Online Safety Tips for Parents and Kids
● By Anonymous
Cyberbullying is when one minor uses technology as a weapon to target another young person. According to StopCyberbullying.org, elementary and middle schools report cyberbullying as the most frequent problem they face. Most people think of cyberbullying as girl to girl. Girls become the more prevalent cyberbullies in middle school, harassing other girls and boys. Cyberbullying at the elementary school level is typically boy to boy due to the higher percentage of boys who play online games as opposed to girls.
Twenty percent of kids in the fourth through sixth grade have reported one type of cyberbullying when playing games, including:
— Password theft — Accessing and stealing virtual items — Mean messages
What parents can do
Parental involvement is key to preventing cyberbullying and keeping kids safe online. Marsali Hancock, president and CEO of the Internet Keep Safe Coalition (www.ikeepsafe.org), recommends the following tips for parents to keep their children safe online:
— Keep current with technology. You don’t have to be an expert, but a little understanding goes a long way towards keeping your child safe online. Get basic technical training and learn about new products as they are released. — Keep communicating with your child about what he or she is experiencing on the Internet and with technology in general. Know their lingo, and ask when you don’t understand something. Work to keep communication lines open. — Keep checking your child’s Internet activity. Know where they go online. Let them know that you will keep checking because you want them to understand that the Internet is a public forum and never truly private. — Keep participating with your child’s online activities. They are the experts, so you can ask them to help you. Not only will your knowledge of the digital world be strengthened — so will your relationship with your children.
“When we ask our kids what is going on at school they often reply ‘not much,’ but when we play online games with them, they start to talk about other things going on in their lives, too — it is a great way to ease into conversations that may otherwise be difficult to get started,” said Mary Heston, director of the Wiredsafety’s Wiredmoms program.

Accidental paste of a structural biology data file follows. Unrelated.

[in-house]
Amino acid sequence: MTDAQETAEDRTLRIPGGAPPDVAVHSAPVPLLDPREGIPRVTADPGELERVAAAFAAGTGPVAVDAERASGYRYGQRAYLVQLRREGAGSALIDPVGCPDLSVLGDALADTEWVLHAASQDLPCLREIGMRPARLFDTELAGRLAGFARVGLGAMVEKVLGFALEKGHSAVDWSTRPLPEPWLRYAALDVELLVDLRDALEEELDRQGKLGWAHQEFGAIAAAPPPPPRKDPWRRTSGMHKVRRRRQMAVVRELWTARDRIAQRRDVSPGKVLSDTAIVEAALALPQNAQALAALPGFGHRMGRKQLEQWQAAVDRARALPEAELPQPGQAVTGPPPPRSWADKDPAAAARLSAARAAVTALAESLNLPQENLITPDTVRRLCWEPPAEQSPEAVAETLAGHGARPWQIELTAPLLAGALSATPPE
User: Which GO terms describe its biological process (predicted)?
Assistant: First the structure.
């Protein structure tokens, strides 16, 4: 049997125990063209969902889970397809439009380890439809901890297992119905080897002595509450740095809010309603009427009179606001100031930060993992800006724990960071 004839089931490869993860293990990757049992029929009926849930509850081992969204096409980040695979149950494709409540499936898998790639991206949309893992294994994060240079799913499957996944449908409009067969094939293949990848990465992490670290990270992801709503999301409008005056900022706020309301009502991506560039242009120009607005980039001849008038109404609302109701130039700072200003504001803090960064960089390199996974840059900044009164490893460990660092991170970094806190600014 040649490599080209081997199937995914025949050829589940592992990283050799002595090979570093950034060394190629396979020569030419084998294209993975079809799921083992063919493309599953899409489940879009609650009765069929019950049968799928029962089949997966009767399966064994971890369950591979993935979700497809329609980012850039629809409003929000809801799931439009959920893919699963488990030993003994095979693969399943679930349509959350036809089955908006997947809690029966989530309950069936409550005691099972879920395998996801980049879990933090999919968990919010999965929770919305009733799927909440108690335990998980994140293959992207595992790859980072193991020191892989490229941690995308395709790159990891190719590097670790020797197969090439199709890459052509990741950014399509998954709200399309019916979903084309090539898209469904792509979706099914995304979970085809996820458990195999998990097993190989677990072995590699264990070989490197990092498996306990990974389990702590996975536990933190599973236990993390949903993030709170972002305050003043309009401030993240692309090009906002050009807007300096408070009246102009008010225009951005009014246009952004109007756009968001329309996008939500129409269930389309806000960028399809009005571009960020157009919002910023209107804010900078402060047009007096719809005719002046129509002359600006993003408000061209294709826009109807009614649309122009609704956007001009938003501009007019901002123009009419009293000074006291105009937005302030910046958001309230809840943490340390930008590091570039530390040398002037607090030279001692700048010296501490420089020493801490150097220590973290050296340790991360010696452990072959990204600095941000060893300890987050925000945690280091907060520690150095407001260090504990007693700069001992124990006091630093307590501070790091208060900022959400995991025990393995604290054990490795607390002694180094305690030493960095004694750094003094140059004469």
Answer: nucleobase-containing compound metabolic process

What kids can do
“Cyberbullying starts early and lasts a lifetime,” said Parry Aftab, founder and Executive Director of WiredSafety, home of StopCyberbullying.org and Wiredkids.org. “We have to teach our children good digital hygiene — about password safety and following the Internet Golden Rule — don’t do anything online that you wouldn’t do offline.”
Here are some other things kids can do to help prevent cyberbullying:
— Protect your identity and reputation by being careful not to share your name, contact information, or pictures. — Realize that what is put in the digital world can stay there forever. Only post pictures that you would want your parents, peers and school to see. — Create secure passwords. Passwords should be easy to remember, hard to guess. If you have to write it down, it’s too hard to remember. If it’s a pet’s name, your middle name, your favorite sports team, etc., it’s too easy to guess. Remember, a combination of numbers and letters is always best. — Don’t share your passwords. Don’t allow kids to give out their password to others. Eighty-five percent of elementary school students and 70 percent of teens polled said they shared their password with at least one friend. That’s one friend too many. Friends can be cyberbullies too, signing onto your account, impersonating you and possibly embarrassing you. They can also change your password, locking you out of your account.
A place where families can play together online
For a fun and safe place for kids, parents and even grandparents to play together online, visit the Build-A-Bear Workshop virtual world. Build-A-Bear Workshop is committed to working together with kids, parents, educators, industry experts, policymakers, and law enforcement officials to make the Internet a safer place for kids through education and awareness. The tools that are currently available at buildabearville.com for kids to learn about Internet safety include:
— Cyber Safety Quiz — Landing page with tips and suggestions on playing safe online — Events throughout the year to promote safe play
In 2010, Build-A-Bearville received the Inaugural StopCyberbullying Award from StopCyberbullying.org. In 2009 the site earned the WiredKids Best of the Web Award sponsored by WiredSafety.org and in 2008, Build-A-Bearville received the I-Parenting Award.
Photo courtesy of Getty Images